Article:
Steven Loch doesn’t know why his obsessive-compulsive disorder subsides while he’s dancing, but he’s grateful for the relief it provides from the “torture” of his symptoms. In a compelling interview with Brendan Kiley of The Seattle Times, Loch gives a candid description of the disturbing thoughts that cause his unpleasant behavior and prompted him to find treatment at psychiatric hospitals.
Kiley’s excellent article also features an explanation by Dr. Sam Zinner, a specialist in neurological development, of OCD’s medical origins.
“The human brain has a cluster of neurons called the basal ganglia. Put together, he explained, they’re the size of a walnut, and take in the deluge of cognitive, motor, memory, emotional and sensory information that floods through our brains when we, say, kick a soccer ball or watch out for poisonous snakes while walking through a swamp. The basal ganglia are supposed to filter out all the extraneous noise so we can focus on the task at hand. “In every picosecond of time,” Zinner said, “the basal ganglia have to decide what is relevant, what not to block out so you can survive.”
But the basal ganglia in brains with OCD — and related conditions, including Tourette syndrome and attention deficit hyperactivity disorder (ADHD) — are, in his words, “leaky filters.” Those leaks lead to information overload and behavior that, to the casual observer, might seem odd — like compulsively touching a magazine three times before picking it up, or hiding on a bathroom floor in costume during a ballet performance to avoid horrifying, intrusive thoughts.”
Hear Steve Loch describing his OCD symptoms in his own words and watch him dance in this captivating video by Seattle Times’ video editor Corinne Chin.
Students at Columbia are seeking help from disability rights lawyers to convince university housing officials that multiple assistance animals are a medically required disability accommodation. Olivia Deloian of the Columbia Chronicle interviewed business major Lindsey Barrett who says her therapist prescribed dog companionship to treat symptoms of adjustment disorder. The problem is, Barrett already has an emotional support cat for her severe anxiety disorder, which means she needs new approval from Columbia to house the second animal. Deloian carefully describes her journalism process in contacting Columbia officials to request their side of the disagreement. With Barrett’s help, Deloian also provides a useful explanation of the distinction between emotional support animals and other service animals.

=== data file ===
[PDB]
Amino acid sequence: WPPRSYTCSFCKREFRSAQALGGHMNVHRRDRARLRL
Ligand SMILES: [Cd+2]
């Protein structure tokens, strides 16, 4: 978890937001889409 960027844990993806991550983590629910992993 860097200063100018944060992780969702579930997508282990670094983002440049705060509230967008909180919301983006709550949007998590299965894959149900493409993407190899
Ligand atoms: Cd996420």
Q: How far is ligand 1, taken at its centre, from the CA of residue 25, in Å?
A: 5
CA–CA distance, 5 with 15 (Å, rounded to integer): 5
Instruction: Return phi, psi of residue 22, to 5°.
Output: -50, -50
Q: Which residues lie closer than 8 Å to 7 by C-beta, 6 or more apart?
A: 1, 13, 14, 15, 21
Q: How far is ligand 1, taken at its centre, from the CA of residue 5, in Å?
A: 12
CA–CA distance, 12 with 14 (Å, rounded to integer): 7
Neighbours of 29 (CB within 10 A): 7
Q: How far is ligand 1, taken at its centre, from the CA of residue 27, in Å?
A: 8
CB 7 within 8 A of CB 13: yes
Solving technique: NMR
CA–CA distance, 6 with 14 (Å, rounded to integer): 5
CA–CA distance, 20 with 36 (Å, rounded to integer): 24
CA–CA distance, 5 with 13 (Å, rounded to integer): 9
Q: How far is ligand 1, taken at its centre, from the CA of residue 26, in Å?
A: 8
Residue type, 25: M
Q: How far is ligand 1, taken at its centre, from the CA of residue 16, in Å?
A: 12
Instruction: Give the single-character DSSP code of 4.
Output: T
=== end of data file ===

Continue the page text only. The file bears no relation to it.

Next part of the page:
The National Alliance on Mental Illness (NAMI) released a statement condemning the imprecise language recently used by public figures to discuss the connection between mental health and mass shootings. President Trump and Dana Loesch, a spokesperson for the National Rifle Association, used words including “sicko,” “nuts” and “crazy person” to describe the diagnoses of mass shooter Nikolas Cruz. The NAMI statement criticizes such comments as reinforcing “inaccurate and negative stereotypes” that “create barriers to having real conversations about how to improve the mental health services that lead to recovery and participation in American society by people experiencing mental health conditions.” CNN.com interviewed several mental health experts who also suggested that mental illness is not a reliable condition for predicting violent behavior.Click here to read NAMI’s statement and click here to read CNN’s article.
Former British journalist, Patrick Cockburn, and his son Henry Cockburn, co-wrote an op-ed for The Independent candidly describing Henry’s experience with schizophrenia. The article is the first in a 3-part series focusing on how Henry’s mental illness has shaped his career as a professional painter. Click here to read about this father-son story in The Independent.
In The New York Times, Elisabeth Rosenthal shares the story of a young man struggling with mental illness, shot while receiving care at a hospital. The story delves into the pervasive issue of guns wielded in medical institutions. Read more
Politico’s Alex Thompson discusses the history of mental illness in politics, and the stigma it carries, particularly in the race for Commander in Chief. One former presidential physician calls mental illness “the kiss of death” for a candidate. Read more
Journalism students from Pierce College in Los Angeles asked 200 peers about their experiences with depression, compiling their responses on the #FeelBetter project. The storytelling project aims to break the silence surrounding depression. See the project here